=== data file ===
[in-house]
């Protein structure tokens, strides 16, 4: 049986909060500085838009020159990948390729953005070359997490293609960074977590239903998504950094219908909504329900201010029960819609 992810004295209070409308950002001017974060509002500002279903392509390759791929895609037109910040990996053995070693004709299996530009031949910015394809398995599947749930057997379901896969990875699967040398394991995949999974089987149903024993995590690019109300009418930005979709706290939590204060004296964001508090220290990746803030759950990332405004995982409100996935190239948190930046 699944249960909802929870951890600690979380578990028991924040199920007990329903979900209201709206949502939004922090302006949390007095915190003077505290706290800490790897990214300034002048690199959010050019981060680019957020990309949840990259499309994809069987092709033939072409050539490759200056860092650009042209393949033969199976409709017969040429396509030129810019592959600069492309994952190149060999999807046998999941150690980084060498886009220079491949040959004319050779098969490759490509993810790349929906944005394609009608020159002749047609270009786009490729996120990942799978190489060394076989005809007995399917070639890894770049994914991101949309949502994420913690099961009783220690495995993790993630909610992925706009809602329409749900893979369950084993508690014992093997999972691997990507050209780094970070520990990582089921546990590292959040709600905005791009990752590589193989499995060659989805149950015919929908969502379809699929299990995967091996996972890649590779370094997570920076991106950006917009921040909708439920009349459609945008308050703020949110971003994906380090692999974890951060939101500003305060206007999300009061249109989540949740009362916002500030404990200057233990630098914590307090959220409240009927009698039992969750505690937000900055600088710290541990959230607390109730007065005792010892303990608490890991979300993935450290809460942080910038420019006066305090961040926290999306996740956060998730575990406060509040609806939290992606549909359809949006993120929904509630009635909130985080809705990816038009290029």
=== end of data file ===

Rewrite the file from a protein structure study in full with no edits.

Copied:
[in-house]
């Protein structure tokens, strides 16, 4: 049986909060500085838009020159990948390729953005070359997490293609960074977590239903998504950094219908909504329900201010029960819609 992810004295209070409308950002001017974060509002500002279903392509390759791929895609037109910040990996053995070693004709299996530009031949910015394809398995599947749930057997379901896969990875699967040398394991995949999974089987149903024993995590690019109300009418930005979709706290939590204060004296964001508090220290990746803030759950990332405004995982409100996935190239948190930046 699944249960909802929870951890600690979380578990028991924040199920007990329903979900209201709206949502939004922090302006949390007095915190003077505290706290800490790897990214300034002048690199959010050019981060680019957020990309949840990259499309994809069987092709033939072409050539490759200056860092650009042209393949033969199976409709017969040429396509030129810019592959600069492309994952190149060999999807046998999941150690980084060498886009220079491949040959004319050779098969490759490509993810790349929906944005394609009608020159002749047609270009786009490729996120990942799978190489060394076989005809007995399917070639890894770049994914991101949309949502994420913690099961009783220690495995993790993630909610992925706009809602329409749900893979369950084993508690014992093997999972691997990507050209780094970070520990990582089921546990590292959040709600905005791009990752590589193989499995060659989805149950015919929908969502379809699929299990995967091996996972890649590779370094997570920076991106950006917009921040909708439920009349459609945008308050703020949110971003994906380090692999974890951060939101500003305060206007999300009061249109989540949740009362916002500030404990200057233990630098914590307090959220409240009927009698039992969750505690937000900055600088710290541990959230607390109730007065005792010892303990608490890991979300993935450290809460942080910038420019006066305090961040926290999306996740956060998730575990406060509040609806939290992606549909359809949006993120929904509630009635909130985080809705990816038009290029």